According to Mrs May’s statement, the only piece of evidence they have uncovered so far is that the agent used was Novichok, which is a nerve agent developed in the USSR in the 1970s and 1980s. Forgive me for being a little bit sceptical about this claim. According to many reports, Novichok is eight times more potent than VX nerve gas. And yet Mr Skripal and his daughter Yulia are still alive. Novichok is apparently eight times more potent than VX nerve gas. And yet despite the fact that the authorities are claiming to have found traces of it in the Zizzi restaurant and Mill pub, only Detective Sergeant Nick Bailey came down with serious illness. Novichok is apparently eight times more potent than nerve gas, and yet the authorities’ advice to people who had been in the pub or the restaurant was to “Wipe personal items such as phones, handbags and other electronic items with cleansing or baby wipes and dispose of the wipes in the bin (ordinary domestic waste disposal).” So the deadly nerve agent Novichok, which is eight times more toxic than VX, can be combatted with baby wipes? Something doesn’t add up, does it?
But let’s give them the benefit of the doubt. Let’s say it was Novichok. So what? Does this prove that it was “the Russians what did it?” Only if the use of the VX nerve agent anywhere in the world would prove that it was “the British what did it”, since VX was developed at Porton Down, just down the road from Salisbury. But that doesn’t hold up, does it?
Oh, and there is also the fact that Novichok was produced at the Soviet State Scientific Research Institute for Organic Chemistry and Technology in Nukus, Uzbekistan. According to Wikipedia:
“Since its independence in 1991, Uzbekistan has been working with the government of the United States to dismantle and decontaminate the sites where the Novichok agents and other chemical weapons were tested and developed.”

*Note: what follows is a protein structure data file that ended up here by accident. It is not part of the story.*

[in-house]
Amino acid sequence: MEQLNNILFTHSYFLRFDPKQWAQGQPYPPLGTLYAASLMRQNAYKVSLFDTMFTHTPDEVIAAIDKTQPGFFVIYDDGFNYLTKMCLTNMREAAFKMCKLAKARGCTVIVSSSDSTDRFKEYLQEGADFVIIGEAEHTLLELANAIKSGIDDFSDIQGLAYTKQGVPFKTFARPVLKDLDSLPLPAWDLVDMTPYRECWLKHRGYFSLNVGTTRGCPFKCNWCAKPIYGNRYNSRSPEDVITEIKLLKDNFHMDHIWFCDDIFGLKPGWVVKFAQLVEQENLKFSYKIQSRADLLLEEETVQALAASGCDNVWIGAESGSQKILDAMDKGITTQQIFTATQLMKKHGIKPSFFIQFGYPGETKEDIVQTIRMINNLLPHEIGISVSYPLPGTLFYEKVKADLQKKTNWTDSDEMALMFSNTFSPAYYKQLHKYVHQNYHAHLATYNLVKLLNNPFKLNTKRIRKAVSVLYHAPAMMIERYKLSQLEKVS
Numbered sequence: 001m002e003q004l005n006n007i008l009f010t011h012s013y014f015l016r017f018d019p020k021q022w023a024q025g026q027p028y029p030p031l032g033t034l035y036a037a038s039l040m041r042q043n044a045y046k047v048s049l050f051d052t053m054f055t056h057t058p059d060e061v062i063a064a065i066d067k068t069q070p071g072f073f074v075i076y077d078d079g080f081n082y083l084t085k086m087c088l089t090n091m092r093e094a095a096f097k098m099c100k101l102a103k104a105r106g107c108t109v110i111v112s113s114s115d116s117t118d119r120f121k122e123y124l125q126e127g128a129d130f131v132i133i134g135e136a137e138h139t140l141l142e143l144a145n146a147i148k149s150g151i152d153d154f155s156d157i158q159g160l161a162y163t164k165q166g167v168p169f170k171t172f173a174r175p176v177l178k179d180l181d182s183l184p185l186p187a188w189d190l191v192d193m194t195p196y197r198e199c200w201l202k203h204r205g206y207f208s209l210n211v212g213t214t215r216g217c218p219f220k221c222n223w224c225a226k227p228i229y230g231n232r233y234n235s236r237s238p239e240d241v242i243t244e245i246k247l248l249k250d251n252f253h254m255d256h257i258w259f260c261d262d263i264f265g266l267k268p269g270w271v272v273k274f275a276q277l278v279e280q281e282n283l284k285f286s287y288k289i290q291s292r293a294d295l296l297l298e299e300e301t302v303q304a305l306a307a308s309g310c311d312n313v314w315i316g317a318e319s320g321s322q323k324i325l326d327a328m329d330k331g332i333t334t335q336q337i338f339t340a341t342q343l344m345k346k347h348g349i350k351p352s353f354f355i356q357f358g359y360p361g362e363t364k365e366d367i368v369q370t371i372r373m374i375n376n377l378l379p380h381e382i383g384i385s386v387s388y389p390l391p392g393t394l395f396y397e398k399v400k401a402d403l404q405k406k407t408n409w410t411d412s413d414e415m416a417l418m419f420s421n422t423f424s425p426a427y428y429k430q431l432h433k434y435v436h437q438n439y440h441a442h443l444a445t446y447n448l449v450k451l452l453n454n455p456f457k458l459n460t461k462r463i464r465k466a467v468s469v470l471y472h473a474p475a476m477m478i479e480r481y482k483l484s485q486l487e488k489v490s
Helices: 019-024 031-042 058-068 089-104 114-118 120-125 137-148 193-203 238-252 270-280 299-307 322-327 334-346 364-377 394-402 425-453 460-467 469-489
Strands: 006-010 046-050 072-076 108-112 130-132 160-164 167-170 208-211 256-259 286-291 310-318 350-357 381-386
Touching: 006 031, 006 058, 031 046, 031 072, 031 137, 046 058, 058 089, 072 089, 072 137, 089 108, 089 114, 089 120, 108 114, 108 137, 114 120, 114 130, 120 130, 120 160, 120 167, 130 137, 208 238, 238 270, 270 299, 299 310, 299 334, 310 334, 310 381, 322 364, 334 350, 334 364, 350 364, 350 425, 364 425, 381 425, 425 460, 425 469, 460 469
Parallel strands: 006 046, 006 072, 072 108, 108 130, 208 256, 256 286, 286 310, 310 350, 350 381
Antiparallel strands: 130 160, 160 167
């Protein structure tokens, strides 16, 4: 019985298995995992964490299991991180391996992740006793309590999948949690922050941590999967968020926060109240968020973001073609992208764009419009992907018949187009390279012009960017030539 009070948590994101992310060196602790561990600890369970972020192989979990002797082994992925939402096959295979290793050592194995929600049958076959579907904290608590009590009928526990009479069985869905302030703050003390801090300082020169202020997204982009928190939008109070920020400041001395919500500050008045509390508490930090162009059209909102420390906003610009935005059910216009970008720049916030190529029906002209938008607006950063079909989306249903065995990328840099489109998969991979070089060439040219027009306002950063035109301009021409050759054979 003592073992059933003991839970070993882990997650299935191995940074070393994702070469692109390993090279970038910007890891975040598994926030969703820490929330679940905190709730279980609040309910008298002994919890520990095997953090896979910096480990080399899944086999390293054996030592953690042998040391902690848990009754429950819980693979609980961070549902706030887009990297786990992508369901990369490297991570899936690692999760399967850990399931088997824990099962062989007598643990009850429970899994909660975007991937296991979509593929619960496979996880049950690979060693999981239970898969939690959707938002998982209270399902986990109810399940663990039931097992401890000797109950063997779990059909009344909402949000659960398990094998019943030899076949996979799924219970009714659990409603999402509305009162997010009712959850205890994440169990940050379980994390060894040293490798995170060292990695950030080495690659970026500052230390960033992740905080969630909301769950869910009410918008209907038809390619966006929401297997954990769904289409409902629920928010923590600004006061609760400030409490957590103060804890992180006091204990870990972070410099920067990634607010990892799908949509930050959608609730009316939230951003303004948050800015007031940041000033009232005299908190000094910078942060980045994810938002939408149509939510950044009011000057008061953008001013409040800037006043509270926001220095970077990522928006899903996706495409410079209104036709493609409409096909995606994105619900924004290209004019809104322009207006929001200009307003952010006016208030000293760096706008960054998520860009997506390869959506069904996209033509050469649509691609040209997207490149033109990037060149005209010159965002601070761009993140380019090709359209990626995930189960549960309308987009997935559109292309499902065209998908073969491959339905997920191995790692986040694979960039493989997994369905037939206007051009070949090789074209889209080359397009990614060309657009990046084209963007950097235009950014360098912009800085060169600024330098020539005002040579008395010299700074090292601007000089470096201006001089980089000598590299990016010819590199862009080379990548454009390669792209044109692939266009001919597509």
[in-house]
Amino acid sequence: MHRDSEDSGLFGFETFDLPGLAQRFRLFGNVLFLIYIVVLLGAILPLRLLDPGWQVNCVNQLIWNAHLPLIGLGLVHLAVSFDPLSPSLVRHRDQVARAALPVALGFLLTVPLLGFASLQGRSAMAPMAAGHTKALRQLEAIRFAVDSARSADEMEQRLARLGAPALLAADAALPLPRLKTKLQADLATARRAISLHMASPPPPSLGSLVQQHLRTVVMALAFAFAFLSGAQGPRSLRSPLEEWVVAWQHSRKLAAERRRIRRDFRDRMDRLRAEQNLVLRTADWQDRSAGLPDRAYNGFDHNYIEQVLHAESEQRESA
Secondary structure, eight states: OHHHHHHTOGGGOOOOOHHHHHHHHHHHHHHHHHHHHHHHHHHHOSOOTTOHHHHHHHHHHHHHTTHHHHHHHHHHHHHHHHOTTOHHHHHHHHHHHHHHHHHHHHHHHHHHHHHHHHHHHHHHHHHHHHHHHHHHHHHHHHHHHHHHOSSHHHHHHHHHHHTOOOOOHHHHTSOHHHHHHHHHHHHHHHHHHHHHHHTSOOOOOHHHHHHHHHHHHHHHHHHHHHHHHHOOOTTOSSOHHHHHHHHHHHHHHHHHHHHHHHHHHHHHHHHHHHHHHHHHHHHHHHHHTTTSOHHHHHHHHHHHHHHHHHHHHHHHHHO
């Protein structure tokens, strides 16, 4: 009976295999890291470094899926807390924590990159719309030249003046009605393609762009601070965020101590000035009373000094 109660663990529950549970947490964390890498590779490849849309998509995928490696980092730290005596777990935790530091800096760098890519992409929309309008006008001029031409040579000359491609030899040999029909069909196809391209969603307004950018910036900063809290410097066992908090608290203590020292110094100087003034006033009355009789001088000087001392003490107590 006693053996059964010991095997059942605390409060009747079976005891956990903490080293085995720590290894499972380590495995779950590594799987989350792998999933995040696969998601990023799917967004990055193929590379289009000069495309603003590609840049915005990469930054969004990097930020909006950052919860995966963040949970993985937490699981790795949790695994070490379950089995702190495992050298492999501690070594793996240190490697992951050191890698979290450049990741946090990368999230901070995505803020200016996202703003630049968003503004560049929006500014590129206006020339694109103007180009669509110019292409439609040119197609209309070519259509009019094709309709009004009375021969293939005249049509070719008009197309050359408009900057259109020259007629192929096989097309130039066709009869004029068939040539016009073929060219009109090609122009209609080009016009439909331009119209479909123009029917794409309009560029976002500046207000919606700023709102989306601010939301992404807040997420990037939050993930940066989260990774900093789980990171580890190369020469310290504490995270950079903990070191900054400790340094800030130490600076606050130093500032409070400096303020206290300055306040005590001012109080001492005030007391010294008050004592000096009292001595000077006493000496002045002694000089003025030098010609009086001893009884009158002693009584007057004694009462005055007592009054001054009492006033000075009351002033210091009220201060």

I would imagine that means that the United States knows how to produce Novichok, and I’d be amazed if the fellows at Porton Down are unaware of this too.
Quite apart from anything, what the British Government are asking us to believe is that the Russian state just tried to poison someone, or perhaps two people, choosing to use a substance that they would know would be used to accuse them. As I said earlier, I suppose this is plausible, but it is verging on insanity, isn’t it?
Don’t misunderstand me: I am in no way making a comment as to whether the British Government’s conclusion is ultimately right or wrong. I can have no idea. But it is simply to say that if the only evidence they can present for having reached their conclusion is that Novichok was used, then they do not currently have remotely the kind of evidence that could at this stage allow them to reach the conclusion they have reached. Simple as that.
What about other suspects and motives? Are there any? Of course there are. Mr Skripal was recruited in the mid-1990s by an MI6 agent whom the British Press won’t name, but whom the American media have indeed identified. Furthermore, this agent also lives in Salisbury and, according to numerous press reports, met up with Mr Skripal on a frequent basis in a restaurant in the City.
According to the Telegraph, this same agent worked for Orbis Business Intelligence Ltd. Interesting, no? What if I was to tell you that Orbis Business Intelligence Ltd just happens to be the organisation headed by Christopher Steele, author of the infamous “Trump Dossier”? In other words, Mr Skripal’s MI6 agent and handler, who lived in the same City and met with him on a regular basis, was working for the man who was responsible for the document that was the primary cause of the whole Trump/Russia collusion claims. That doesn’t prove any direct connection between Mr Steele and Mr Skripal, of course, and nor does it suggest that the poisoning of Mr Skripal was related to it, but it is surely an extremely interesting possible connection that a free and fair investigation would be looking into.
But unfortunately, the British Government have just made such a thing impossible, with potentially horrendous consequences.